And, in case you need your own bit of chocolate love, here's her recipe.  I don't think she'll mind.

Aunt Grace's Chocolate Pie


Filling:
  • 6 oz semisweet chocolate - chips or bar
  • 4 oz (1/2 cup) sweet unsalted butter
  • 3 eggs
  • 1/8 teaspoon salt
  • 4 oz (1/2 cup) sugar

Melt chocolate chips and butter.  Set aside to cool.  Separate eggs.  Whip egg whites until fluffy.  Add egg yolks, salt and sugar to cooled chocolate.  Fold in egg whites.  Don't over mix.  Place in pre-baked pie crust. Top with whipped cream and chocolate garnish.  Refrigerate until ready to serve.  Recipe is easily doubled to fit into deep dish pie crust or to share with a beloved.

Sunday, August 5, 2012

Mothers & Daughters

Often, I am a reluctant daughter.

I love my mom, but I don't always want her closely involved in my life.  I don't want to hear her opinion, especially since this usually contradicts with mine.  A close friend pointed out that if Mom told me the sky was blue, I'd automatically disagree as a knee-jerk reaction.

Tulip close-up, garden 2012
The older Mom gets, the more I feel like she's the daughter and I'm the mom.  She's slowing down.  Some days, she accepts this gracefully, some days not so much.  Right now, I'm struggling to find a new balance in my relationship with her.  Especially as I enter a phase of expansion as my schooling takes on another level and I find my professional ground, while Mom's life becomes a bit more dependent.
Garden lily, 2012
I fear that the responsibility for caring for my mother will fall on my shoulders.  As women, we are often expected to care for others.  I rebel against this, wanting less responsibility at this point in my life - not more.  So, I'm not always gracious.  I limit my contact with Mom, perhaps at times when she might need me most.  
Bright lily, garden 2012
I'm praying for clarity in my mother/daughter relationship.  And for patience.  A sense of humor would probably be good as well.  And trust - that I'll do the best thing for her and the best thing for me.

Thursday, August 2, 2012

Dallas Bead Porn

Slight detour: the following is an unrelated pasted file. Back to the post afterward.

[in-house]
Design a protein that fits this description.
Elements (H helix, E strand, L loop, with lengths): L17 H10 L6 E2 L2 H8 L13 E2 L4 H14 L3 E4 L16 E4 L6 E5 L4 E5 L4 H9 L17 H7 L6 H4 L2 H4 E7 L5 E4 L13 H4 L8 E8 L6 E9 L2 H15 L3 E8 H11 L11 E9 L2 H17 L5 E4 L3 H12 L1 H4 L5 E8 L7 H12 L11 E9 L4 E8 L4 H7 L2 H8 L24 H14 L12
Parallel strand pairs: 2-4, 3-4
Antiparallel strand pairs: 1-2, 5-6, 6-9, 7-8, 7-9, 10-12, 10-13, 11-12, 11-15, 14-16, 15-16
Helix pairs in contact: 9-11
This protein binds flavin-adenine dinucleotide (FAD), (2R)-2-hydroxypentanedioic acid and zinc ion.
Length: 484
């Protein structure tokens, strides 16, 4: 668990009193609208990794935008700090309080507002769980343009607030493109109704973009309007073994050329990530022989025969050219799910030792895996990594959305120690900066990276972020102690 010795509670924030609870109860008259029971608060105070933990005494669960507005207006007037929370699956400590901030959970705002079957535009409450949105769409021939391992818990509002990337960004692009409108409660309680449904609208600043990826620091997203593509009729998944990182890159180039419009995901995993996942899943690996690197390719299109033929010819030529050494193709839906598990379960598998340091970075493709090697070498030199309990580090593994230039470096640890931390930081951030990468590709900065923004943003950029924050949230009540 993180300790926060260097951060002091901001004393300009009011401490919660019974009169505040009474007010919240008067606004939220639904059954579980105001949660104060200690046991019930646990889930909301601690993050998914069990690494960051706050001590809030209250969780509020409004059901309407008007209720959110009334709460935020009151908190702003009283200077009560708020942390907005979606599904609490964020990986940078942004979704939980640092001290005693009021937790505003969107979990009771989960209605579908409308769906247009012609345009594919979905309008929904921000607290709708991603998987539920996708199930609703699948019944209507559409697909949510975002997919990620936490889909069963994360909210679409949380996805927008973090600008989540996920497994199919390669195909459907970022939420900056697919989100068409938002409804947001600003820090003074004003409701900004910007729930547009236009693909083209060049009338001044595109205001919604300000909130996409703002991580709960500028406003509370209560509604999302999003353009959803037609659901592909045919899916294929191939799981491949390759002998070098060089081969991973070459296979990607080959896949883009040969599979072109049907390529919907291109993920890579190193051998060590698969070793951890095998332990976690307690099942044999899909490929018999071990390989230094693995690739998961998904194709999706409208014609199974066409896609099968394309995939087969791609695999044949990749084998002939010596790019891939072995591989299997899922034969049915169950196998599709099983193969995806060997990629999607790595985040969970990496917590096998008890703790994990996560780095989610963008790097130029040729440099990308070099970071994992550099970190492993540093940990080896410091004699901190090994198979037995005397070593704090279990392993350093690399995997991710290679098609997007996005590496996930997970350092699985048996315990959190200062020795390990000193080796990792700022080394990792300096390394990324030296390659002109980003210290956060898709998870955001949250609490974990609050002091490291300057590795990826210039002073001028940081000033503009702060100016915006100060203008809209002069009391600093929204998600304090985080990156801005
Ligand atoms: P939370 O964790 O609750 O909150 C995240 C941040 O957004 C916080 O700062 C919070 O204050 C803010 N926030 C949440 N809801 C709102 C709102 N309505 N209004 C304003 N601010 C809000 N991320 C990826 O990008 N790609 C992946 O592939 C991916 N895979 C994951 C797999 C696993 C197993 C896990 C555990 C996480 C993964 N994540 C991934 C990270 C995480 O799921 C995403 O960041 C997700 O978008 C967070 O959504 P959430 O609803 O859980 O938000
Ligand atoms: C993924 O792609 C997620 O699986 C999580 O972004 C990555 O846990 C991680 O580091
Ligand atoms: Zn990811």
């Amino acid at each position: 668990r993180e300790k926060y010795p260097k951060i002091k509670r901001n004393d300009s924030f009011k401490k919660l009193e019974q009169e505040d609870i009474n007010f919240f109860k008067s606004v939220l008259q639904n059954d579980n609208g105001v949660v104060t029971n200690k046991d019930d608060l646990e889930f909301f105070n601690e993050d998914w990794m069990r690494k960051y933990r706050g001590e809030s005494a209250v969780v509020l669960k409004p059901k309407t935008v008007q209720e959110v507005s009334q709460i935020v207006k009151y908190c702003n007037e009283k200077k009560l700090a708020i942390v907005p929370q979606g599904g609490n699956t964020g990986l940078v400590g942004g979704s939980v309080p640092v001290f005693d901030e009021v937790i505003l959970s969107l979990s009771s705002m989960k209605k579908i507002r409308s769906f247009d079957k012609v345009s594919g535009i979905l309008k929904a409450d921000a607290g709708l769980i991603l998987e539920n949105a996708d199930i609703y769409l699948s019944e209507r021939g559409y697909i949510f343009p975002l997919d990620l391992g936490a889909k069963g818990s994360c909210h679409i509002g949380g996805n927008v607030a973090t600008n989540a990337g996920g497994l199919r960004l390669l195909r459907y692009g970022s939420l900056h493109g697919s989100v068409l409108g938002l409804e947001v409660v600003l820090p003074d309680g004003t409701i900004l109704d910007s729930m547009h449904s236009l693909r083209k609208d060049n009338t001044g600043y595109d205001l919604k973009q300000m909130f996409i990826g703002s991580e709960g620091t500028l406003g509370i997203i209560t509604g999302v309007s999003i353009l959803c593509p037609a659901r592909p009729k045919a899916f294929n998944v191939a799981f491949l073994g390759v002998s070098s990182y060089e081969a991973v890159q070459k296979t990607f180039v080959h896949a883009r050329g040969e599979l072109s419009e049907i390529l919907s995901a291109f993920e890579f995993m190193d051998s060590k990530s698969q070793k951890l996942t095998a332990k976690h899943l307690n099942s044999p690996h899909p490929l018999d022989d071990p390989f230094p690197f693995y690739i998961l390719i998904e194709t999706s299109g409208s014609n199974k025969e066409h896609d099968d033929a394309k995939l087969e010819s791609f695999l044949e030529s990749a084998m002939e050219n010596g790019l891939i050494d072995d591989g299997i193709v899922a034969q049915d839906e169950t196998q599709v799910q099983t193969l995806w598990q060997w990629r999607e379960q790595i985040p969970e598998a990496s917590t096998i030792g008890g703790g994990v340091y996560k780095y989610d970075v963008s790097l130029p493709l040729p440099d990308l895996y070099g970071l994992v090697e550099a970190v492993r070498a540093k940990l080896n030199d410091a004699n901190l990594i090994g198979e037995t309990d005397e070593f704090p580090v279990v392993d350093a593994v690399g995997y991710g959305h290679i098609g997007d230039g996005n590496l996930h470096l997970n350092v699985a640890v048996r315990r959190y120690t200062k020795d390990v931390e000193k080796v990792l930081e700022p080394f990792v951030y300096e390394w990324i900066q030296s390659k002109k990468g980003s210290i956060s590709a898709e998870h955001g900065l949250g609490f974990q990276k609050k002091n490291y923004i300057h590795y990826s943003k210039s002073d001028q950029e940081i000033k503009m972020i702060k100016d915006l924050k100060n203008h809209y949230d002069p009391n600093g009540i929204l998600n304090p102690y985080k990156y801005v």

Oh. My. Goodness.  So many beads, so little time.  Not enough money.  But honestly, I think I did pretty good at the two Dallas wholesale bead stores that I visited last week.  I'll let the pictures prove it:
Bone (.95 each) and ammonites ($7 for the pair)

More bone and shell.  I have a thing for interesting faces.  Wonder what I'll do with these...

Cabs: sodalite, crysocolla, pink marble, dyed blue jasper, picture jasper and crazy lace agate.     
Large marble donut and fun ceramic rounds

Dyed orange shell points.  These have shades of pink and grey running through them as well.

Assorted cabs.  I rarely use hearts in my work but can't wait to play with this composite piece.  $.69 to 3.00 each.

Ceramic tiles from Greece.  These are about the size of a quarter.  At $2.50 for a pack of 12, I wish I'd gotten more colors.  These will make a really fun collage necklace.

Each leaf is about 3".  Really rich colors.  $8.00 for the strand of 12.
I've been looking for large geodes for quite some time.  In the past, I've made necklaces out of amethyst, citrine and quartz formations - some of my favorites pieces.  These will be so much fun to play with.  And at $6 each, I could afford three gorgeous pieces.

Close-up of the largest geode.  Just look at that depth!
I'll share some of the gemstone and crystal strands I bought next week.  Equally fabulous, trust me.  

All in all, I feel extremely blessed to have come home with such wonderful goodies.  Can't wait to play with some of these items.  But far more special than the bead porn are the memories created by spending a wonderful vacation with a wonderful family of friends.  Sigh.